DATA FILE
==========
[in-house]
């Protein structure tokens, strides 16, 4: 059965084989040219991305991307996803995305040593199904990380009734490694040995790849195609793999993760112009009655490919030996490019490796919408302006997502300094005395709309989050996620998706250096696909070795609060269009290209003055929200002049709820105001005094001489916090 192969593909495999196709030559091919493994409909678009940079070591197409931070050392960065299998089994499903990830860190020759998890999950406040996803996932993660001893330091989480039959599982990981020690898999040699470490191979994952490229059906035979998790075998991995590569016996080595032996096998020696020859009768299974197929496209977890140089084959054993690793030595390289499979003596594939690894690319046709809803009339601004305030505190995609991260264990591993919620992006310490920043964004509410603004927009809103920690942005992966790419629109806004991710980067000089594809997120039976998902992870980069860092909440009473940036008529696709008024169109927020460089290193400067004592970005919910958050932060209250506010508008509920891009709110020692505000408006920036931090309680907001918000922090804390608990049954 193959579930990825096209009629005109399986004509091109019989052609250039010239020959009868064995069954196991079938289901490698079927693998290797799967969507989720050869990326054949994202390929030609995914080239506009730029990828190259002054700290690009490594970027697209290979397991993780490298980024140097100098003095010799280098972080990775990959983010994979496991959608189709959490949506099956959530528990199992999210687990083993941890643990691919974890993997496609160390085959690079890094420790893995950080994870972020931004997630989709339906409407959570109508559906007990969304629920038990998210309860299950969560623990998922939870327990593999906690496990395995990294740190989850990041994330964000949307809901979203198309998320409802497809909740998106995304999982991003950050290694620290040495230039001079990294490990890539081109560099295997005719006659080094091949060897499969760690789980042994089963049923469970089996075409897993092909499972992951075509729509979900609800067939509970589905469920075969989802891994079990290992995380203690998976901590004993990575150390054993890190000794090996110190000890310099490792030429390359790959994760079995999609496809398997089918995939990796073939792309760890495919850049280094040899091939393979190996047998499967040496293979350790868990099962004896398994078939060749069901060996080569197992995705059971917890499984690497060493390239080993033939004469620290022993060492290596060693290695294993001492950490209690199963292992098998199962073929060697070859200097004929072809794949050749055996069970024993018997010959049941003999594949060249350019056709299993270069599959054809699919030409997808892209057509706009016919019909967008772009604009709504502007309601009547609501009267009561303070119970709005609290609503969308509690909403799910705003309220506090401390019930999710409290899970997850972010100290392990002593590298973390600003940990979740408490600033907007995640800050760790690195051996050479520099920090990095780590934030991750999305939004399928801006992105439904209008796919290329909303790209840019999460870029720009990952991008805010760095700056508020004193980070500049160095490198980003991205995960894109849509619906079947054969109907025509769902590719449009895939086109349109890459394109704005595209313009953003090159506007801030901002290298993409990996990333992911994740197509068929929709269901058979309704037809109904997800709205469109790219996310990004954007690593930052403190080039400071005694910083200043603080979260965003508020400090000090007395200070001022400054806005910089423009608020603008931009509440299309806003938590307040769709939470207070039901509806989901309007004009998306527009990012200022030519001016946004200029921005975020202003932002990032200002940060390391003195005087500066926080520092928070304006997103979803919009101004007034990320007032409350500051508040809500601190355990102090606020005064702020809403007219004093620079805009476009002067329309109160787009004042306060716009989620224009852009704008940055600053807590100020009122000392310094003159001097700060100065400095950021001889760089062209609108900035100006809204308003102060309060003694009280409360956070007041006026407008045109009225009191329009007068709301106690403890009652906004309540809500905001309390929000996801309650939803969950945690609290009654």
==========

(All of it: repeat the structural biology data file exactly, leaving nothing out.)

[in-house]
């Protein structure tokens, strides 16, 4: 059965084989040219991305991307996803995305040593199904990380009734490694040995790849195609793999993760112009009655490919030996490019490796919408302006997502300094005395709309989050996620998706250096696909070795609060269009290209003055929200002049709820105001005094001489916090 192969593909495999196709030559091919493994409909678009940079070591197409931070050392960065299998089994499903990830860190020759998890999950406040996803996932993660001893330091989480039959599982990981020690898999040699470490191979994952490229059906035979998790075998991995590569016996080595032996096998020696020859009768299974197929496209977890140089084959054993690793030595390289499979003596594939690894690319046709809803009339601004305030505190995609991260264990591993919620992006310490920043964004509410603004927009809103920690942005992966790419629109806004991710980067000089594809997120039976998902992870980069860092909440009473940036008529696709008024169109927020460089290193400067004592970005919910958050932060209250506010508008509920891009709110020692505000408006920036931090309680907001918000922090804390608990049954 193959579930990825096209009629005109399986004509091109019989052609250039010239020959009868064995069954196991079938289901490698079927693998290797799967969507989720050869990326054949994202390929030609995914080239506009730029990828190259002054700290690009490594970027697209290979397991993780490298980024140097100098003095010799280098972080990775990959983010994979496991959608189709959490949506099956959530528990199992999210687990083993941890643990691919974890993997496609160390085959690079890094420790893995950080994870972020931004997630989709339906409407959570109508559906007990969304629920038990998210309860299950969560623990998922939870327990593999906690496990395995990294740190989850990041994330964000949307809901979203198309998320409802497809909740998106995304999982991003950050290694620290040495230039001079990294490990890539081109560099295997005719006659080094091949060897499969760690789980042994089963049923469970089996075409897993092909499972992951075509729509979900609800067939509970589905469920075969989802891994079990290992995380203690998976901590004993990575150390054993890190000794090996110190000890310099490792030429390359790959994760079995999609496809398997089918995939990796073939792309760890495919850049280094040899091939393979190996047998499967040496293979350790868990099962004896398994078939060749069901060996080569197992995705059971917890499984690497060493390239080993033939004469620290022993060492290596060693290695294993001492950490209690199963292992098998199962073929060697070859200097004929072809794949050749055996069970024993018997010959049941003999594949060249350019056709299993270069599959054809699919030409997808892209057509706009016919019909967008772009604009709504502007309601009547609501009267009561303070119970709005609290609503969308509690909403799910705003309220506090401390019930999710409290899970997850972010100290392990002593590298973390600003940990979740408490600033907007995640800050760790690195051996050479520099920090990095780590934030991750999305939004399928801006992105439904209008796919290329909303790209840019999460870029720009990952991008805010760095700056508020004193980070500049160095490198980003991205995960894109849509619906079947054969109907025509769902590719449009895939086109349109890459394109704005595209313009953003090159506007801030901002290298993409990996990333992911994740197509068929929709269901058979309704037809109904997800709205469109790219996310990004954007690593930052403190080039400071005694910083200043603080979260965003508020400090000090007395200070001022400054806005910089423009608020603008931009509440299309806003938590307040769709939470207070039901509806989901309007004009998306527009990012200022030519001016946004200029921005975020202003932002990032200002940060390391003195005087500066926080520092928070304006997103979803919009101004007034990320007032409350500051508040809500601190355990102090606020005064702020809403007219004093620079805009476009002067329309109160787009004042306060716009989620224009852009704008940055600053807590100020009122000392310094003159001097700060100065400095950021001889760089062209609108900035100006809204308003102060309060003694009280409360956070007041006026407008045109009225009191329009007068709301106690403890009652906004309540809500905001309390929000996801309650939803969950945690609290009654």